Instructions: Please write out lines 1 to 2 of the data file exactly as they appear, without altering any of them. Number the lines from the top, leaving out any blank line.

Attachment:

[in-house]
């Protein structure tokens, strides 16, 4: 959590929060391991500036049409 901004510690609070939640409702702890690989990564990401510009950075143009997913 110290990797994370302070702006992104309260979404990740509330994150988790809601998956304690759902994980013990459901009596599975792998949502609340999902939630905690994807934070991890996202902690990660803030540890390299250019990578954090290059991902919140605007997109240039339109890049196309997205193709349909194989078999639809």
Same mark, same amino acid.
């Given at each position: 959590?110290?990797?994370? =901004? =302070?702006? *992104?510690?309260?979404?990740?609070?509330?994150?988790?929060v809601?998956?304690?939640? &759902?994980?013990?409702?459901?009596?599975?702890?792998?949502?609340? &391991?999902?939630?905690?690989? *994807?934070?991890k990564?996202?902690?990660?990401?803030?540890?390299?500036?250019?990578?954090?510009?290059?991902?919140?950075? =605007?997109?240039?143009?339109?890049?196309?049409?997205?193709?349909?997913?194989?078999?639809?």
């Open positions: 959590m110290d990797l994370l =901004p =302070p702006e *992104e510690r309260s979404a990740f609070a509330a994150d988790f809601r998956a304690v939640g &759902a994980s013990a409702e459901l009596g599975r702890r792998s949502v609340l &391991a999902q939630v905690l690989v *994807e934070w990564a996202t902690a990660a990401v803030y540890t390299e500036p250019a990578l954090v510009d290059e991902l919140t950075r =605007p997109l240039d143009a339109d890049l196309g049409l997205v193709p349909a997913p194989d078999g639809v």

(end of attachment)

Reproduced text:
[in-house]
């Protein structure tokens, strides 16, 4: 959590929060391991500036049409 901004510690609070939640409702702890690989990564990401510009950075143009997913 110290990797994370302070702006992104309260979404990740509330994150988790809601998956304690759902994980013990459901009596599975792998949502609340999902939630905690994807934070991890996202902690990660803030540890390299250019990578954090290059991902919140605007997109240039339109890049196309997205193709349909194989078999639809």